The case for more controllable loads -- and the 51st State | SEPA Skip to content

The case for more controllable loads — and the 51st State

Editor’s note: We welcome guest blogger Michael Jacobs of the Union of Concerned Scientists to talk about his organization’s plans for a submission for the Solar Electric Power Association’s (SEPA’s) 51st State Initiative, Phase II. The post reflects Jacobs’ views and in no way represents an endorsement by SEPA. If you are working on an idea for the initiative you would also like to share here, contact K Kaufmann, [email protected].

By Michael Jacobs

Supply follows demand.

This simple equation has been the foundation of the United States’ electric system since its birth more than 100 years ago. In practical terms, what it means is that the transmission and distribution system used to get our power from where it is generated to where it is used has to be designed and built to ensure reliability for times of highest demand.

Transmission Lines Generic

Demand has also been traditionally viewed as inelastic and uncontrollable — despite the recognition that daily and seasonal patterns of electricity use are the result of designs and choices made across the economy, often shaped by utility programs.

But what if we could alter this basic relationship to create an energy system that would provide signals and incentives to help people use power when it is actually most available and cheapest? What if we could create more controllable loads?

The Union of Concerned Scientists (UCS) will be exploring this possibility in the submission it will be making to SEPA’s 51st State Initiative, Phase II.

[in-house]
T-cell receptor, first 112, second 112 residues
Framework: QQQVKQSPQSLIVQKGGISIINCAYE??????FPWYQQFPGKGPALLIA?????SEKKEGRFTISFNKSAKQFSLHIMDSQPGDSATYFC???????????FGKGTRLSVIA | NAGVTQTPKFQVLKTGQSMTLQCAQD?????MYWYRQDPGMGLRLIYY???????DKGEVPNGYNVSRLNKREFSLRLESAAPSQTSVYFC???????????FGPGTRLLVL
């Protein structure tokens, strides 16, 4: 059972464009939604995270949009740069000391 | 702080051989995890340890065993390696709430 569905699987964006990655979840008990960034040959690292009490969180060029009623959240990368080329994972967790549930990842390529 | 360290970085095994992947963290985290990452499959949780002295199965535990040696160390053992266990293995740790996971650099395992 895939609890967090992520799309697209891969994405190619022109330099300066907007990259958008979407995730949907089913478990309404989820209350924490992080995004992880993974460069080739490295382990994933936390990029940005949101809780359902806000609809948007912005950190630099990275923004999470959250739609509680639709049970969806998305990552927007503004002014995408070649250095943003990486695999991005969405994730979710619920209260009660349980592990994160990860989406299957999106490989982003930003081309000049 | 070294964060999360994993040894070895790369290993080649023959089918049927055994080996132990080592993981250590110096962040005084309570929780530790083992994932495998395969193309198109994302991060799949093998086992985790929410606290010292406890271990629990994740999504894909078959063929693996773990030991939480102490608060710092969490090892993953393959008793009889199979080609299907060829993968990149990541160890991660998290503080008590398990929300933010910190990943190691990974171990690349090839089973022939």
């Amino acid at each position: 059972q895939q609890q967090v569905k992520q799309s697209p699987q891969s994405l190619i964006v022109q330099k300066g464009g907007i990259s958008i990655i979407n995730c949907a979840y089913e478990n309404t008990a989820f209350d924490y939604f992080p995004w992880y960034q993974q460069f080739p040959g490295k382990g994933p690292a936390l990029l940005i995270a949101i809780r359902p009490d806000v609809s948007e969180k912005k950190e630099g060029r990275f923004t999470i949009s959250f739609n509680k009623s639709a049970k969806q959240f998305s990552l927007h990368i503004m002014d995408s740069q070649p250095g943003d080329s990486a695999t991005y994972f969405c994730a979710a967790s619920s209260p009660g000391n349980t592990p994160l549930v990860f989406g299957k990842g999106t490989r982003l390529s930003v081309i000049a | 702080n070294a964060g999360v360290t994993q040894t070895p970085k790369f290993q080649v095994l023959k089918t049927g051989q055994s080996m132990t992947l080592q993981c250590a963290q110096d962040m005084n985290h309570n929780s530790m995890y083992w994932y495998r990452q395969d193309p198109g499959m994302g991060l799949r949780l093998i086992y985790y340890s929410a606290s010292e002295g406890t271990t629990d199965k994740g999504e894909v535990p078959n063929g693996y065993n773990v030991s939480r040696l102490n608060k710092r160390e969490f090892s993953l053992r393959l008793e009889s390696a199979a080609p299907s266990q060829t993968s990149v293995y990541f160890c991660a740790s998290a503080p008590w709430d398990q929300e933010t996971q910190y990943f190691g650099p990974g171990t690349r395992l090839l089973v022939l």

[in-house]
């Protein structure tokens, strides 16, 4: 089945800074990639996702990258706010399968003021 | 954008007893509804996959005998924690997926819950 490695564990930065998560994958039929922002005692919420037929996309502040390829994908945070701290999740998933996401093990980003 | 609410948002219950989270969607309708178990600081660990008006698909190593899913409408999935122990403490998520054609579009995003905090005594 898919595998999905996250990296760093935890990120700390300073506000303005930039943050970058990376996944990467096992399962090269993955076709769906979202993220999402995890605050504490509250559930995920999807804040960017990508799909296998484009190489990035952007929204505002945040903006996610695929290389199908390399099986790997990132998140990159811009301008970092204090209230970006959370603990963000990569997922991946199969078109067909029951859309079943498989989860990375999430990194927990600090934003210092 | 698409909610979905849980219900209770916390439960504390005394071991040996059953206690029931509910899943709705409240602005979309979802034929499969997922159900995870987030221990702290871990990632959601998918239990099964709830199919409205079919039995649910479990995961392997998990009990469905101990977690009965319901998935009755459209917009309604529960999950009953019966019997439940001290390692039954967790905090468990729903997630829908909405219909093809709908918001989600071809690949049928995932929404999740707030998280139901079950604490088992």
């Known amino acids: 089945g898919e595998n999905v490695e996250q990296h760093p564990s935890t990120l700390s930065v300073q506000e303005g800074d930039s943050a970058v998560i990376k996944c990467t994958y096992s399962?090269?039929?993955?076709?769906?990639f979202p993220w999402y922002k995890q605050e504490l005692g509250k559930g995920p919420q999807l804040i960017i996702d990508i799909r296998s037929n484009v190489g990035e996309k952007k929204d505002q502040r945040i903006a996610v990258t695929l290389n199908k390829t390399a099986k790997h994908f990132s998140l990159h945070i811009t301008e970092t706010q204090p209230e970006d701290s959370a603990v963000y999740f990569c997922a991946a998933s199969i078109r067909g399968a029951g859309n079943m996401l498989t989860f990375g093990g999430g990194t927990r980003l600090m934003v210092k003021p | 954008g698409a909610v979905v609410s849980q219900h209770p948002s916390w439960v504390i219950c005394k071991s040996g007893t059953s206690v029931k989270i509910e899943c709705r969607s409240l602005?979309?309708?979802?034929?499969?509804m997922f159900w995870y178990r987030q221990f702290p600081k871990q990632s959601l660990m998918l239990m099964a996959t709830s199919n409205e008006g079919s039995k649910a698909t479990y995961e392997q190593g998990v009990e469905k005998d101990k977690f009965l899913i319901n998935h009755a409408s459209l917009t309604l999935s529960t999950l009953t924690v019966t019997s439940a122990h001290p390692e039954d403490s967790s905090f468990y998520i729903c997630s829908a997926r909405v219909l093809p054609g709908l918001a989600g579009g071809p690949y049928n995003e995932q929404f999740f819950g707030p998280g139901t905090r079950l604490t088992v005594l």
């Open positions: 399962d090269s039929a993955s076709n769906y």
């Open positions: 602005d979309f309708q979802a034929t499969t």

Find out all about the 51st State, Phases I and II here.

The initiative comes along as UCS is combining our expertise in grid integration of renewables and clean vehicle technology. The organization has made a two-year commitment to study the interaction between high levels of rooftop solar and high levels of electric vehicle adoption. The issues we will focus on relate to the scale of adoption, impacts on the distribution grid, economic incentives to charge vehicles to improve grid operations or provide ancillary services, and how these strategies can serve as a starting point for the wider use of controllable loads.

Our interest in the initiative stems from our long-running work on minimizing climate change. Renewable energy growth is vital to supply energy to society without increasing greenhouse gas emissions, and UCS sees broader electrification of the economy as a key strategy for advancing both renewables and emissions reductions.

New technologies, new tensions

The advances that allow consumer appliances to help integrate renewables have come to market at the same time as consumer-owned solar generation. In this, we see a paradigm change unfolding, away from the traditional view of load as inelastic and uncontrollable.

But we also see tension between the changes triggered by new technology, and the practices and assumptions that have organized the electricity industry for nearly a century. In addition to business practices and revenue models not aligned with consumers’ new role as energy producers, renewable energy introduces supplies that operate with zero marginal costs and typically little or no control as to timing.

Indeed, the growth in wind and solar energy supplies on the power grid is increasingly identified as a problem because of the potential mismatch between renewable energy production and times of highest energy use. Examples are seen in several settings: